Television in Three Dimensions (Feb, 1931)

Television in Three Dimensions

A DEVICE which can produce a 360 degree picture by television through a stereoscope scanner has been invented by Leslie Gould, a radio engineer of Bridgeport, Connecticut. With Mr. Gould’s television system it is possible to televise a boxing match, a play, an orchestra, or any other spectacle whose scene of action can be compressed into a reasonable space.

The new invention makes use of neon tubes of various sizes and colors, depending upon

the magnitude of the image. The spot on which the television subject is located is scanned by beams from two rotating arms, as shown in the drawing above. At the extremity of each arm is a scanning drum containing a photo electric cell, which picks up the images to be televised.

The scene which is going to be televised must be flooded with a great quantity of strong light. Each electric eye catches the light reflected through the apertures in the revolving drums from the light portions of the body, and flashes to the transmitter the electric impulses set up by the variations in light.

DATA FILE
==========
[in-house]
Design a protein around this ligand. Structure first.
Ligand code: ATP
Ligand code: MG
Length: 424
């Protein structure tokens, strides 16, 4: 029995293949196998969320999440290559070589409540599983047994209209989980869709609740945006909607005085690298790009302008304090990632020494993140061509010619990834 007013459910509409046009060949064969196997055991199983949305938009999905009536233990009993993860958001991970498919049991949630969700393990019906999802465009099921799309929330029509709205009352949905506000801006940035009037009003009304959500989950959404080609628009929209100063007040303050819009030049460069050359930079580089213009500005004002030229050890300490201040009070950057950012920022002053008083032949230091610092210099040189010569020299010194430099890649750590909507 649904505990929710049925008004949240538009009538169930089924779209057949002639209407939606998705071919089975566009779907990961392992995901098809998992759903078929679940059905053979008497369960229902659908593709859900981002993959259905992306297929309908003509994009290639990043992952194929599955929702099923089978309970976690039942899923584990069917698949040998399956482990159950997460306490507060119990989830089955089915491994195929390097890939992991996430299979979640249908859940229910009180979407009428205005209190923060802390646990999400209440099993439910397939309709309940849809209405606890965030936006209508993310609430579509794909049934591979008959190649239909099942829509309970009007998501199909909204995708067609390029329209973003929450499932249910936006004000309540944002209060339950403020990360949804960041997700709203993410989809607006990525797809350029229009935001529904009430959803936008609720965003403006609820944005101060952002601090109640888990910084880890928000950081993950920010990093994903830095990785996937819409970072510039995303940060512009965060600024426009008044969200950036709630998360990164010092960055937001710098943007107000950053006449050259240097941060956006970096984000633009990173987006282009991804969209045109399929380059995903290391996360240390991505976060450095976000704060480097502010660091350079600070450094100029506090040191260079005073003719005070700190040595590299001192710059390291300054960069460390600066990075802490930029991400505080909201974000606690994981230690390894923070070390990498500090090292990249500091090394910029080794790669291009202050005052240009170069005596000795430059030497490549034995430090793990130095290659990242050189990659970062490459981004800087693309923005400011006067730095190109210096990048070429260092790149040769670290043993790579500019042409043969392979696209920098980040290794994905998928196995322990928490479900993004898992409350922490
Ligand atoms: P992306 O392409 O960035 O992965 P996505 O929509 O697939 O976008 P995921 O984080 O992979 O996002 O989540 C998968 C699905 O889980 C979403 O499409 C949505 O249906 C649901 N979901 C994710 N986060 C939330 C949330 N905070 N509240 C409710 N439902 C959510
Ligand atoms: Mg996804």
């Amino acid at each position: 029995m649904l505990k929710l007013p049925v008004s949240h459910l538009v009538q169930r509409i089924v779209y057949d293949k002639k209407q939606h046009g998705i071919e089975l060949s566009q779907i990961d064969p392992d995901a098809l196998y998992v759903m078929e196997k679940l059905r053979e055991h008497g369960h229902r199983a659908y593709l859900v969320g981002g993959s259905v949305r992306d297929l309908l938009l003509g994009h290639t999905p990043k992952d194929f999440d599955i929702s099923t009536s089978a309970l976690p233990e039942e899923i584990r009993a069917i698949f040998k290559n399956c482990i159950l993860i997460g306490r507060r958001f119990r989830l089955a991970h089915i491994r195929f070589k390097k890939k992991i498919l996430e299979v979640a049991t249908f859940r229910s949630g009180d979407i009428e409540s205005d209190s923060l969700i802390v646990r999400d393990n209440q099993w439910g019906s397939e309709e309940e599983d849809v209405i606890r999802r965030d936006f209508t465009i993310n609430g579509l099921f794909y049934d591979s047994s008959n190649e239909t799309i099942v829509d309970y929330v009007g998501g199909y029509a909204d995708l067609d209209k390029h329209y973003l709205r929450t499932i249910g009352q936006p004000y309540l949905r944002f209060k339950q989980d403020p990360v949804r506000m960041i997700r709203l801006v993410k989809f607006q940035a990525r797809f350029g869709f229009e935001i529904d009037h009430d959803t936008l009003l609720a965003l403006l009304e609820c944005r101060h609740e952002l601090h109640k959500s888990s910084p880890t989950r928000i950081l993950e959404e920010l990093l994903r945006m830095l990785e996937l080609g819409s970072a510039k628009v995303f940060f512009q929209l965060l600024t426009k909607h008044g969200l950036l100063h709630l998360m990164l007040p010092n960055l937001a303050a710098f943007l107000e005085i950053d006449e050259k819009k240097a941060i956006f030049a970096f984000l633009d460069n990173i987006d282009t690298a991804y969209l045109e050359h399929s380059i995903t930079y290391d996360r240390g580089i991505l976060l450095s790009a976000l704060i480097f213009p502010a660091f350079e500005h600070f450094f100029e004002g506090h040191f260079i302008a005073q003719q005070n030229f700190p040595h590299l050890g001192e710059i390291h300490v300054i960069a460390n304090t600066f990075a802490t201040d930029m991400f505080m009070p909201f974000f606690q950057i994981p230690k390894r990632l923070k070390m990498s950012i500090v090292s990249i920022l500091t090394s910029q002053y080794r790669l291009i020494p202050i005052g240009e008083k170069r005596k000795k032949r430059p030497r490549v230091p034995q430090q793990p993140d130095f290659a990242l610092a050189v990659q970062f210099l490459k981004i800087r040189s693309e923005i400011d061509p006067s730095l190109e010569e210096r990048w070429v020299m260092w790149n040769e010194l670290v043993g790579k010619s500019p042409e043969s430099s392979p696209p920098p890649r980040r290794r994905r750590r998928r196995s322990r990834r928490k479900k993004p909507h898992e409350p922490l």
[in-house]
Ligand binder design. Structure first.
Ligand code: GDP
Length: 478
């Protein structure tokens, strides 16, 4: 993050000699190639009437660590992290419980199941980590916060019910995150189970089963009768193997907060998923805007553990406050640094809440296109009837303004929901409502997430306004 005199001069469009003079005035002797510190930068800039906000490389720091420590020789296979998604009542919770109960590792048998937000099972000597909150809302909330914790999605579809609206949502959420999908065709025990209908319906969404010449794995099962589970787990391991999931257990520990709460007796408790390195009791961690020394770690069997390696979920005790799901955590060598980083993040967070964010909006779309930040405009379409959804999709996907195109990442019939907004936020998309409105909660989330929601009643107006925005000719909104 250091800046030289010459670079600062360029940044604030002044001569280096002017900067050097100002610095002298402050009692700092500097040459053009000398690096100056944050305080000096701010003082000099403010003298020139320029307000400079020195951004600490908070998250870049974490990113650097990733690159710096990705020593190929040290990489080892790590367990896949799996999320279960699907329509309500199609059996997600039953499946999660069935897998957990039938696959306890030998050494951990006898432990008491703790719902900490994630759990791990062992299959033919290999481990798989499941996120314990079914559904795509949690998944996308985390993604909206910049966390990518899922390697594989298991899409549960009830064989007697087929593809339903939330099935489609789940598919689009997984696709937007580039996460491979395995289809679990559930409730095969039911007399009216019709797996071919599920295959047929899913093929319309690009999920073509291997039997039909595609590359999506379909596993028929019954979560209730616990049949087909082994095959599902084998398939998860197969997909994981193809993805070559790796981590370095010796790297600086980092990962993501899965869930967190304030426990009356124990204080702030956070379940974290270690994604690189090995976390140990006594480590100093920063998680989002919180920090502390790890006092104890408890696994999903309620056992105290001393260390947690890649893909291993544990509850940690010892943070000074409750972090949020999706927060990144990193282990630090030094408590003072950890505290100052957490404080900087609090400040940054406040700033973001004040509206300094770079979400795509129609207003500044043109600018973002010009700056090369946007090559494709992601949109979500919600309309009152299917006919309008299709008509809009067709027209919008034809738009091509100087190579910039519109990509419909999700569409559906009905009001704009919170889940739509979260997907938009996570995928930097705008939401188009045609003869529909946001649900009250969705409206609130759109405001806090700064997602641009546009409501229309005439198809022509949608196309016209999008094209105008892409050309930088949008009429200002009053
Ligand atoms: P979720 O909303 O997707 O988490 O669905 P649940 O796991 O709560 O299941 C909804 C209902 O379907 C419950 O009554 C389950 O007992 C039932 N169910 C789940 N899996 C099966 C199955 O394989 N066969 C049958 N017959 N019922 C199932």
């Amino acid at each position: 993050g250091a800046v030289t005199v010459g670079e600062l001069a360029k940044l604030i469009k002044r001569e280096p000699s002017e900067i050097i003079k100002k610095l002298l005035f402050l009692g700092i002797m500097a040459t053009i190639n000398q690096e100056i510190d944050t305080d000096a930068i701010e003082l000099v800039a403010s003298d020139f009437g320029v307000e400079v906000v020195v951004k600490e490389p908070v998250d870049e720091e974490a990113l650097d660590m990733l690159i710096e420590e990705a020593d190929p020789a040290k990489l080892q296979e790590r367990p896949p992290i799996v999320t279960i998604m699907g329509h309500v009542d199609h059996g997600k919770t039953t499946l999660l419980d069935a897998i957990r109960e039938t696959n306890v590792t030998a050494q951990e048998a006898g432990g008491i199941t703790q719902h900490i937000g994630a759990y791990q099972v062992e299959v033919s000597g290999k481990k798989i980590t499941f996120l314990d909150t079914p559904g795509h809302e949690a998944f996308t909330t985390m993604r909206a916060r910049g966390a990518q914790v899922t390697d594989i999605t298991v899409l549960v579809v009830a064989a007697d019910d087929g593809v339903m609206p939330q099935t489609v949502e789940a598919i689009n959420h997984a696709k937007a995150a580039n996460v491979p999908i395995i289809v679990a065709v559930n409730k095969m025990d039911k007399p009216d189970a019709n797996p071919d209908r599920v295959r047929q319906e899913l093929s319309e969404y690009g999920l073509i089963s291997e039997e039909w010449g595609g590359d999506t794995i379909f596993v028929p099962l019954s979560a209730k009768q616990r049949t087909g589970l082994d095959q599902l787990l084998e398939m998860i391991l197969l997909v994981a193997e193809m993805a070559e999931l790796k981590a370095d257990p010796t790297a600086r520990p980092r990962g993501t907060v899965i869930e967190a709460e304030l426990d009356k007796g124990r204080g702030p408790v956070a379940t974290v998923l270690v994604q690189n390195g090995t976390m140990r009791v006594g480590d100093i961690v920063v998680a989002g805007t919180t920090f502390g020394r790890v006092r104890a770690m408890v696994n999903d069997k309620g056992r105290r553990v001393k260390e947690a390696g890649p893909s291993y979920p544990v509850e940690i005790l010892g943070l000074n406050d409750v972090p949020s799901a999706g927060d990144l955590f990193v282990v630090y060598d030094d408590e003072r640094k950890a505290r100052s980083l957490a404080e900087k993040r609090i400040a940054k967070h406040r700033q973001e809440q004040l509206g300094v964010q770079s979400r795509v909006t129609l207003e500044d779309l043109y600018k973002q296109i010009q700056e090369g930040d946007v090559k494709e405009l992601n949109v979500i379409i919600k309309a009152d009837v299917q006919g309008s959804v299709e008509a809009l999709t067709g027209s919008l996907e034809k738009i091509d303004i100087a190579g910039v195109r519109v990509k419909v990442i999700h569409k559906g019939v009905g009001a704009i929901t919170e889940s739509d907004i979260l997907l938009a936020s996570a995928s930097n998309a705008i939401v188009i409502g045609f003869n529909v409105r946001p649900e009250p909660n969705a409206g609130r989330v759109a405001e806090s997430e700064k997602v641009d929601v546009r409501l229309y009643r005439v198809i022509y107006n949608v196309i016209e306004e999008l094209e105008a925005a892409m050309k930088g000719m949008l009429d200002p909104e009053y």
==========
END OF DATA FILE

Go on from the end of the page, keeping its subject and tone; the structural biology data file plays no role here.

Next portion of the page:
1. Eamon says: October 3, 200810:56 am

    The picture wouldn’t have any depth, but it is still a really neat idea.

    Does that machine on his desk mean that he actually built it?

  2. Mike says: October 3, 20086:07 pm

    Before standards in television there was a 2D format that used a rotating disc to capture and display the image. It made a lot of noise which was one of its drawbacks.

  3. Torgo says: October 3, 200810:05 pm

    I would like to see what this looks like. It might actually have depth if you were waring those two colored glasses. But, I don’t know. Everything would be seen from the top. Interesting idea, that’s all I can say.

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